Making large Au-Ag hybrid nanoparticles (large nanotwins): The size and SPR of the nanotwins were found to be tuned by controlling irradiation times of both the seed and feed. The procedure for making the large nanotwins was exactly the same as that for the small nanotwins except for changing the irradiation during seed formation. The irradiation time was 120 min compared to 60–90 min for the small seed generation. The feed procedure followed for generating large nanotwins is also very similar, as described above, for the formation of small hybrid Au-AgNPs. The large anisotropic seeds resulted in larger size bimetallic NPs. The plasmonic absorption was also clearly distinguishable between small and large size bimetallic NPs.

3. Results and Discussion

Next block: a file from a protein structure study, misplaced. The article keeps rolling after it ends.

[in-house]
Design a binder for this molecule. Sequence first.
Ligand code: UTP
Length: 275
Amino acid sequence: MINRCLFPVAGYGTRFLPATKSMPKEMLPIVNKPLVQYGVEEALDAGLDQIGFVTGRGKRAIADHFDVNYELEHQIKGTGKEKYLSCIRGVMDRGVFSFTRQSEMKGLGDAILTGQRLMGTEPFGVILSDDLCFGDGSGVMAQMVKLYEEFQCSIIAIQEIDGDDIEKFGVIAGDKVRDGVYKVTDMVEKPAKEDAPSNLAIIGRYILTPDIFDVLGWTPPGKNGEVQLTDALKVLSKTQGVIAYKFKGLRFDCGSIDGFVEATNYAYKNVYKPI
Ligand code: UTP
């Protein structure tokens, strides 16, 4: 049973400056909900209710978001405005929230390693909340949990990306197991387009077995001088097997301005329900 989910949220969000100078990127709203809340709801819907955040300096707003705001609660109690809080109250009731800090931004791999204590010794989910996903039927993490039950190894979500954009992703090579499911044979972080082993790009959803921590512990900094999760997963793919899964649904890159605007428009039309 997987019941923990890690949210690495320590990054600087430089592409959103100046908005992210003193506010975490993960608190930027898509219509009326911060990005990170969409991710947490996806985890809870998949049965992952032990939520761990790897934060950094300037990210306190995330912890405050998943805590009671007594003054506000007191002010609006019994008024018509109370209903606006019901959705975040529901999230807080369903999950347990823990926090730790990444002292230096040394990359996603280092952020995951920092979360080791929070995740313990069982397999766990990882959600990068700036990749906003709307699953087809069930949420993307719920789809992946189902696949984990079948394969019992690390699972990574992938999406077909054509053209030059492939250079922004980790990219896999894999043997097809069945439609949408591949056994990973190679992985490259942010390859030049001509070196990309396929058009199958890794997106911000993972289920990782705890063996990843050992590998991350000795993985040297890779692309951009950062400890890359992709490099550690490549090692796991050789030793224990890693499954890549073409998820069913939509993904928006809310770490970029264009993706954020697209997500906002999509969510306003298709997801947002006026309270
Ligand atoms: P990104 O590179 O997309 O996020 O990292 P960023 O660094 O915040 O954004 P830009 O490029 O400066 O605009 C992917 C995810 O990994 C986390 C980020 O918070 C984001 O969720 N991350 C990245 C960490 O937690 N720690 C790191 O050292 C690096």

The full schematic representation for the formation of both large and small hybrid bimetallic conjoined NPs is shown in Figure 1. The scheme depicts the formation of conjoined Au and Ag NPs with an average size of ~30 nm for small nanotwins and ~70 nm for large nanotwins. Irradiation time was found to correspond with AgNP size. We propose a photoinduced reduction of both gold and silver monovalent precursors during the formation of hybrid nanoparticles, similar to the mechanism proposed by Alarcon et al. [21] and El Sayed [21] for the photochemical formation of gold and silver nanoparticles, respectively. In Au+ photoreduction, the Au precursor, a labile Au+ complex, easily undergoes photoinduced reduction to form Au0. For AgNPs, the silver(I) salt undergoes a similar photoinduced reduction from Ag+ to Ag(0). Both 1-e photochemical reductions occur in the absence of any dedicated reducing agents typically used in the literature (e.g., NaBH4) so only radical formation from the water solvent and/or CS stabilizer generated via the UV source must be responsible for the photoelectron needed for the photoreduction of M(I) to M(0).